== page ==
Libya on a knife-edge as strikes threaten oil supplies

Libya is facing its most critical moment since the upheaval and ousting of Muammar Gaddafi with armed groups blockading oil fields and terminals. The result is that output is now a tenth of normal levels. An economic disaster looming.

The Libyan government has been forced to import fuel to keep power stations running and queues are starting to grow at petrol stations. The prime minister, Ali Zaidan, has repeatedly threatened to send troops to retake striking ports, the Guardian reports.

But the leader of rebels Ibrahim Ali Jathran, blockading ports in Cyrenaica, home to the bulk of Libya’s oil, said such a move would be tantamount to a “declaration of war”. Jathran, commander of troops who have defected to seize the terminals, warned his soldiers would fight back. “We will resist,” he said.

The blockade has spread to western Libya, with the Elephant field on the Algerian border at a standstill and rebel oil guards further north around Zintan cutting pipelines.

The government controls just two oil ports, with production at about 160,000 barrels a day. The National Oil Corporation admits even this is guesswork, because its measuring gauges are broken, forcing officials to rely on dead reckoning.

Jathran insisted the strike was in reaction to what he said was a seizure of power – and oil revenues – by the Muslim Brotherhood in Tripoli. “The Brotherhood has hijacked the state and parliament. It has infiltrated the oil ministry with armed groups,” he said.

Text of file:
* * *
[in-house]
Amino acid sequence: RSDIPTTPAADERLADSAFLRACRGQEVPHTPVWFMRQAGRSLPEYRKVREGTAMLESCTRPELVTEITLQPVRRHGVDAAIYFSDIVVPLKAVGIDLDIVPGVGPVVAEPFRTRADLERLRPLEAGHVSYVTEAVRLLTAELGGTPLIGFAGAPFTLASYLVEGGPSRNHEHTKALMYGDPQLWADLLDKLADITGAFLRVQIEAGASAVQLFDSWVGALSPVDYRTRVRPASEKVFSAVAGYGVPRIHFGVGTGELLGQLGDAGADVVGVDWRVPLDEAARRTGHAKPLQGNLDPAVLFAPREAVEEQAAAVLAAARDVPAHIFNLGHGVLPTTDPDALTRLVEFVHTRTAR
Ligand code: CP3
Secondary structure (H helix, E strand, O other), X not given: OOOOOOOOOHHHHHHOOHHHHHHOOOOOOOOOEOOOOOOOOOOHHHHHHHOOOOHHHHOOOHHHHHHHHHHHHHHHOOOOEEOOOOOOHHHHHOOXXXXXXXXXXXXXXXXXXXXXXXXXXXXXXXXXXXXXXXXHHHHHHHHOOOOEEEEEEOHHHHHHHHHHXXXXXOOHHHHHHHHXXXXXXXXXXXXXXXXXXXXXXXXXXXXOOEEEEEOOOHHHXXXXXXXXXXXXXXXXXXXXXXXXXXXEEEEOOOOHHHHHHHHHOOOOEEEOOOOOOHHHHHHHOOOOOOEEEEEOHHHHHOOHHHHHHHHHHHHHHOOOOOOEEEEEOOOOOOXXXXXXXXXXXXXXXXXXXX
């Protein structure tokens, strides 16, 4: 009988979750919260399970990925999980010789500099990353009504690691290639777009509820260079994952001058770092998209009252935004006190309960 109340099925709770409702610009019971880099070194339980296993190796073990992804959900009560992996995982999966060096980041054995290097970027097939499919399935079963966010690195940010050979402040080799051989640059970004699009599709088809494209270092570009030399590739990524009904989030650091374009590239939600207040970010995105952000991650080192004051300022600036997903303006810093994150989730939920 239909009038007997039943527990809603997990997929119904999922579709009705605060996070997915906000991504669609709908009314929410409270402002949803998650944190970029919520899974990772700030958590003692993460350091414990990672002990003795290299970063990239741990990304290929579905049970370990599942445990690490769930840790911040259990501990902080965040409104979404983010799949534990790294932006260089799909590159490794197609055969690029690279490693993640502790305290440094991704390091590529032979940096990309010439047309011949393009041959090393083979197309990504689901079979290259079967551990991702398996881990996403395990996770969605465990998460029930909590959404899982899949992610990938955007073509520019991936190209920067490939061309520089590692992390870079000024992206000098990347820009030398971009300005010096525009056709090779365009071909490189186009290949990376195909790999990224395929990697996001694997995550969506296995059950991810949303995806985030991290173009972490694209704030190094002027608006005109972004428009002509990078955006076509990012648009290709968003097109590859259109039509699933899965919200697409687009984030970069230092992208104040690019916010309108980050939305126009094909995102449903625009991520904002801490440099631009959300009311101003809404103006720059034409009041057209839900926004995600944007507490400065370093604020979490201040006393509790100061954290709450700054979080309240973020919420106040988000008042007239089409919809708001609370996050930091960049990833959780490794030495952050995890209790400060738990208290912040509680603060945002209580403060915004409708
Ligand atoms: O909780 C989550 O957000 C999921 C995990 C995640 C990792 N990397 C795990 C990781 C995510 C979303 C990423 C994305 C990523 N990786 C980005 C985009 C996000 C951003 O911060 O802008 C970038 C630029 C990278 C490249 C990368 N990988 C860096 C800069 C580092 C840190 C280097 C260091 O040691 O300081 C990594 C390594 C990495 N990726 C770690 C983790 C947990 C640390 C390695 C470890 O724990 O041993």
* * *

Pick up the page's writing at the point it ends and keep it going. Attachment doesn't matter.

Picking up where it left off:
Government officials deny the claim, saying the strikers are trying to sell oil themselves and are holding the country to ransom.

BP declined to comment on the situation in Libya but industry experts with close links to the company said it was keeping a watchful eye on the situation.

“The fact is BP do not really need to do anything currently as they have no real investments or personnel in the country yet,” said one source. “The first sign of concern will be if they postpone drilling offshore. BP have said very publicly they planned to drill next year but they are likely to just put plans back, not announce a pull-out, like Shell.”

 

Read full article at: http://www.theguardian.com/world/2013/sep/03/libya-oil-supplies-tripoli

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